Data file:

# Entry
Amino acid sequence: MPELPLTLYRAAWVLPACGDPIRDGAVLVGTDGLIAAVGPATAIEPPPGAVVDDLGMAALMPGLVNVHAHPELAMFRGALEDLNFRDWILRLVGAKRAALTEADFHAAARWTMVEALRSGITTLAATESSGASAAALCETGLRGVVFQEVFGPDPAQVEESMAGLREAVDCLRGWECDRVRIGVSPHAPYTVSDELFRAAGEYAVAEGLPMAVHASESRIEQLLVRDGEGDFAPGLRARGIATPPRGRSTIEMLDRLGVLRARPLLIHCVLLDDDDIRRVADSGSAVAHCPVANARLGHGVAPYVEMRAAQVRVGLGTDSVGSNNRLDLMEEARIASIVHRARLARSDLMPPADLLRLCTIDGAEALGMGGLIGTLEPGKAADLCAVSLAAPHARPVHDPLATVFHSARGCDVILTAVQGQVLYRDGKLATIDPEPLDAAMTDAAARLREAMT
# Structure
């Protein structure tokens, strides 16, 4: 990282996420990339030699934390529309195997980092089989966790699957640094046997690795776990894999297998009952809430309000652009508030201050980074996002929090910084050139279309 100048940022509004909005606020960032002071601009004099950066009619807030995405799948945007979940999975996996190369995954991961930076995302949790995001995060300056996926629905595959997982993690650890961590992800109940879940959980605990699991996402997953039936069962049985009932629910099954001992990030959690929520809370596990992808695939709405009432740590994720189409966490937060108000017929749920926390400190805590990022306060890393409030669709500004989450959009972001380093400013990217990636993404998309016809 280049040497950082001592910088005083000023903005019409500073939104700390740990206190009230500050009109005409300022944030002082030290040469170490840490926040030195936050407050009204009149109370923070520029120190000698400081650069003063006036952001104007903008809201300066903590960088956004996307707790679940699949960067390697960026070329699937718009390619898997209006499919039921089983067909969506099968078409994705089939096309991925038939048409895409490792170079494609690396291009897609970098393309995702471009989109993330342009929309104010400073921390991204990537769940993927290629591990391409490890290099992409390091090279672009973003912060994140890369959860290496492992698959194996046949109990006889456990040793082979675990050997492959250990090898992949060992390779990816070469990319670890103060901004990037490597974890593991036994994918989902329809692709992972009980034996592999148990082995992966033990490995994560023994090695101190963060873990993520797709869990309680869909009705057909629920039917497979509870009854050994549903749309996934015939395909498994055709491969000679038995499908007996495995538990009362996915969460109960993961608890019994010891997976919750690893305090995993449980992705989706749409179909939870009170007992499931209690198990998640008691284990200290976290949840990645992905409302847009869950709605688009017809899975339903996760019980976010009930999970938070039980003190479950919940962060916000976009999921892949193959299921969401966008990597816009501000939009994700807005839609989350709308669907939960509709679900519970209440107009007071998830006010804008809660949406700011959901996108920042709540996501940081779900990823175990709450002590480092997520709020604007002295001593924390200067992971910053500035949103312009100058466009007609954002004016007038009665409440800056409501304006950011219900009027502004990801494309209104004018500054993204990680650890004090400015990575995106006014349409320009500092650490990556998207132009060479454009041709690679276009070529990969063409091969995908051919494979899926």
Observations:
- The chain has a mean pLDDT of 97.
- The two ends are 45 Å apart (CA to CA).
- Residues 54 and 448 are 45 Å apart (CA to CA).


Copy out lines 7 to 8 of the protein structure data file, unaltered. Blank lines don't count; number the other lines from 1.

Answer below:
- The two ends are 45 Å apart (CA to CA).
- Residues 54 and 448 are 45 Å apart (CA to CA).